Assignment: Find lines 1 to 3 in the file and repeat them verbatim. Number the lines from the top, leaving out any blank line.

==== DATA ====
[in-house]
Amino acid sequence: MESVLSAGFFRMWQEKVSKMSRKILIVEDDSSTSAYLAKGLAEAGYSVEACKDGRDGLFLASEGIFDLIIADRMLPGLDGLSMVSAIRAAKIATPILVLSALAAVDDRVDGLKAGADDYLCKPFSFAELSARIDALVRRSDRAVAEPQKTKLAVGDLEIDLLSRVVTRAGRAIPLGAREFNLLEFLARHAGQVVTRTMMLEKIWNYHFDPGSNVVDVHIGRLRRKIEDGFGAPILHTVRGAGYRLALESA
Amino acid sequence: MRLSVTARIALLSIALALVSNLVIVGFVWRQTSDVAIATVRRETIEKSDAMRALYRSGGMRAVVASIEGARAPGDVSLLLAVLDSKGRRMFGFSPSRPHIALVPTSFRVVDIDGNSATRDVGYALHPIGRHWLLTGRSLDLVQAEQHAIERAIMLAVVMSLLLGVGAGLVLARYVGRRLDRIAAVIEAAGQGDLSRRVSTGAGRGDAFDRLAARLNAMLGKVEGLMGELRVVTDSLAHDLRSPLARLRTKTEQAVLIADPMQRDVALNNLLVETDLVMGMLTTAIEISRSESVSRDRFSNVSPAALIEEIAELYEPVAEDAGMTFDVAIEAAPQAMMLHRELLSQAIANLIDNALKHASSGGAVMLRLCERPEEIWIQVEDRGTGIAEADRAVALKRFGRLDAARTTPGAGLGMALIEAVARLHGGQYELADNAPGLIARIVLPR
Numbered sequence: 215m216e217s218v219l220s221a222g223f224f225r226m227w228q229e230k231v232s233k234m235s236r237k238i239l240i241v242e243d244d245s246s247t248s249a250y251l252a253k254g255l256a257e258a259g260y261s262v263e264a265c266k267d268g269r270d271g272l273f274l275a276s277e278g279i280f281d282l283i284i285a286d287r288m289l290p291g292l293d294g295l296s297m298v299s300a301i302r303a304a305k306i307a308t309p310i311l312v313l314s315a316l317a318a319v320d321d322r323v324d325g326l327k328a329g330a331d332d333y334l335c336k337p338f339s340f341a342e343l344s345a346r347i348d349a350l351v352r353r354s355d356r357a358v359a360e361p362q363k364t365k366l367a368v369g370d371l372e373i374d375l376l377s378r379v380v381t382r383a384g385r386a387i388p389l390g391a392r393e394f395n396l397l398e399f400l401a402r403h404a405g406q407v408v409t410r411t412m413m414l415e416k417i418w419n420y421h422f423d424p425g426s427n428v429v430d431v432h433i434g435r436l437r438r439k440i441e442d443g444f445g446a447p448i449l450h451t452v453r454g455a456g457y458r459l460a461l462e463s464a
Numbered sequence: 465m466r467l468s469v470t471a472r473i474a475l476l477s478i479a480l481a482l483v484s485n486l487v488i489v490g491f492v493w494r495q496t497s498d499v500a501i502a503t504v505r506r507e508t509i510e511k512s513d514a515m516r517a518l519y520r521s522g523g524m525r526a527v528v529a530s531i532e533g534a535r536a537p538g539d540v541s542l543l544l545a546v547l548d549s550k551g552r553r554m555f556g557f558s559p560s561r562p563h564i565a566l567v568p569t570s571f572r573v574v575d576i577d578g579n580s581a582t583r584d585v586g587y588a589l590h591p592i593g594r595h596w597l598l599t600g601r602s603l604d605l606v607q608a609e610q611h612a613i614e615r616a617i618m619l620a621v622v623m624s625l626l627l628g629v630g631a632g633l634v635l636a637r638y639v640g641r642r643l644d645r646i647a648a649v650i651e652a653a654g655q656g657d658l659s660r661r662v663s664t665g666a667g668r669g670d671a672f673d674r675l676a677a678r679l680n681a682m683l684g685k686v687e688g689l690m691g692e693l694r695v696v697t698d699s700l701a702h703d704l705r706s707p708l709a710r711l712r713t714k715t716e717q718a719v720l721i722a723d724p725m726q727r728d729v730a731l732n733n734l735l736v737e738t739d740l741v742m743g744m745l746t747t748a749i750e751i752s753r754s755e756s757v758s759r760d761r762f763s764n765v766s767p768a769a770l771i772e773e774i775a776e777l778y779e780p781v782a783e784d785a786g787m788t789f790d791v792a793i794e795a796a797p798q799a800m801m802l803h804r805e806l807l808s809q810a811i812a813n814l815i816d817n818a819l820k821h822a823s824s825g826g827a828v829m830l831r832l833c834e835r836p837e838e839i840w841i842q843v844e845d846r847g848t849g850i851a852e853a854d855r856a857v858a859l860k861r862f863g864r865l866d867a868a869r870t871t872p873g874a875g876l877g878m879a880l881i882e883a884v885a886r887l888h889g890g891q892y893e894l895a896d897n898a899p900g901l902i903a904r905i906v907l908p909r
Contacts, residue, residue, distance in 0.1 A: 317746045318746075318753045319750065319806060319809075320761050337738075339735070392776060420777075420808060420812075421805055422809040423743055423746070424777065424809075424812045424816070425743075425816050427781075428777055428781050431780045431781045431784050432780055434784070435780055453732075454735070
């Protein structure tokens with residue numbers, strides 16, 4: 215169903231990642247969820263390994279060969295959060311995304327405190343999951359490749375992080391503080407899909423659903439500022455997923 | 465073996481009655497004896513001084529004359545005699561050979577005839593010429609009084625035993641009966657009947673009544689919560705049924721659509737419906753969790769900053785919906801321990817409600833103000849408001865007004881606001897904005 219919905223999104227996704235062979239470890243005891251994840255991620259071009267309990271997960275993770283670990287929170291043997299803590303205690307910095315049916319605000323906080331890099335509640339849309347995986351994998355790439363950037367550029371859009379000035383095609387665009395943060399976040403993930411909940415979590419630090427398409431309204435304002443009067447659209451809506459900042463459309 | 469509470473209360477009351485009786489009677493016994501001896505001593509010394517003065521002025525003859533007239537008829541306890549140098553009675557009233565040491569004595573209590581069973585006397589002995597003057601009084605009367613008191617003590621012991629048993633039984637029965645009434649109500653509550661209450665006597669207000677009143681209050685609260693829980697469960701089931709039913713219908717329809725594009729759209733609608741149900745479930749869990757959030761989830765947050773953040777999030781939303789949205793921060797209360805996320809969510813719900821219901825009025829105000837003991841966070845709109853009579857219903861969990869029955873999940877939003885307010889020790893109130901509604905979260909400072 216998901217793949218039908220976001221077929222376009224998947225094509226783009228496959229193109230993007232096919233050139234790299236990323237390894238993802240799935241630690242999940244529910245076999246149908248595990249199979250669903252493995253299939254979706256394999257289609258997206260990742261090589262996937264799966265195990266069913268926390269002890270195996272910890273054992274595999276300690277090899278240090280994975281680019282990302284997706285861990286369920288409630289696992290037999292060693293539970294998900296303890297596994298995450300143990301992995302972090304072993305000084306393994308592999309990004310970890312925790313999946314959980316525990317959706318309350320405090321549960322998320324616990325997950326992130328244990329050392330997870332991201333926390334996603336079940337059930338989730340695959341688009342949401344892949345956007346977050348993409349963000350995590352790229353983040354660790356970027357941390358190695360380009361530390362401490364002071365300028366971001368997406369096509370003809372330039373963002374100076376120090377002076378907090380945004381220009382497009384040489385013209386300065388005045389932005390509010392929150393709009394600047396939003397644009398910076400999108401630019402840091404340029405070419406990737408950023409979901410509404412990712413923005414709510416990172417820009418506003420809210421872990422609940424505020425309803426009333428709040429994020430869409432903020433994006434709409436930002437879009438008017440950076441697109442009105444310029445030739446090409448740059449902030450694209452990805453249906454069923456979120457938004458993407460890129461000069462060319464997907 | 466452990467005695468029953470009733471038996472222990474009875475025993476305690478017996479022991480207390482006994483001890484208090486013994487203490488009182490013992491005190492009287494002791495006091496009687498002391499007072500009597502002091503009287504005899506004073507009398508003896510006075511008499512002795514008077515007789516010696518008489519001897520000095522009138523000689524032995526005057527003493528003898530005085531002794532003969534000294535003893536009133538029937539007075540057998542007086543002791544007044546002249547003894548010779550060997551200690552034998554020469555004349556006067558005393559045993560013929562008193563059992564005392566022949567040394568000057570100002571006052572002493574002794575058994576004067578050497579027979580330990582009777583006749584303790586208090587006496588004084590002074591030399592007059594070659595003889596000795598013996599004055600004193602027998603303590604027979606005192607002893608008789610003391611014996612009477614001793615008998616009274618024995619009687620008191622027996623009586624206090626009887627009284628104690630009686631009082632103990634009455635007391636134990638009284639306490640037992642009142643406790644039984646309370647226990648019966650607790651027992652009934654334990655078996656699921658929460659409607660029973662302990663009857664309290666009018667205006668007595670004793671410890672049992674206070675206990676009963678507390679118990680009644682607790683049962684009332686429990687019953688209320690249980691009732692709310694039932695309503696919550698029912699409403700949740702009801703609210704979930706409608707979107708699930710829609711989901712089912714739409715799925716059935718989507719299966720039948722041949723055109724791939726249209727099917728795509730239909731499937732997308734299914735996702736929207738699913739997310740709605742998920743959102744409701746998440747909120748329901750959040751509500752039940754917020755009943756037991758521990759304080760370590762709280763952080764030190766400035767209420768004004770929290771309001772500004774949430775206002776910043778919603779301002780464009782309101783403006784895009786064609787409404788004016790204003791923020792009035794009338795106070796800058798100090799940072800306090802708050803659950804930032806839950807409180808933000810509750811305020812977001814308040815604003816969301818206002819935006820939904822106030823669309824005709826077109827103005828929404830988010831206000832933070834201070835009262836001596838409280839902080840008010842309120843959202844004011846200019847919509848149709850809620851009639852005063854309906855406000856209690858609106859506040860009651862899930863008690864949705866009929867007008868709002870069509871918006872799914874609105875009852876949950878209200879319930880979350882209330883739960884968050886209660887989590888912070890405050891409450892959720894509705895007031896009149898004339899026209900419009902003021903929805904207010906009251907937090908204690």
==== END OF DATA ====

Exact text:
[in-house]
Amino acid sequence: MESVLSAGFFRMWQEKVSKMSRKILIVEDDSSTSAYLAKGLAEAGYSVEACKDGRDGLFLASEGIFDLIIADRMLPGLDGLSMVSAIRAAKIATPILVLSALAAVDDRVDGLKAGADDYLCKPFSFAELSARIDALVRRSDRAVAEPQKTKLAVGDLEIDLLSRVVTRAGRAIPLGAREFNLLEFLARHAGQVVTRTMMLEKIWNYHFDPGSNVVDVHIGRLRRKIEDGFGAPILHTVRGAGYRLALESA
Amino acid sequence: MRLSVTARIALLSIALALVSNLVIVGFVWRQTSDVAIATVRRETIEKSDAMRALYRSGGMRAVVASIEGARAPGDVSLLLAVLDSKGRRMFGFSPSRPHIALVPTSFRVVDIDGNSATRDVGYALHPIGRHWLLTGRSLDLVQAEQHAIERAIMLAVVMSLLLGVGAGLVLARYVGRRLDRIAAVIEAAGQGDLSRRVSTGAGRGDAFDRLAARLNAMLGKVEGLMGELRVVTDSLAHDLRSPLARLRTKTEQAVLIADPMQRDVALNNLLVETDLVMGMLTTAIEISRSESVSRDRFSNVSPAALIEEIAELYEPVAEDAGMTFDVAIEAAPQAMMLHRELLSQAIANLIDNALKHASSGGAVMLRLCERPEEIWIQVEDRGTGIAEADRAVALKRFGRLDAARTTPGAGLGMALIEAVARLHGGQYELADNAPGLIARIVLPR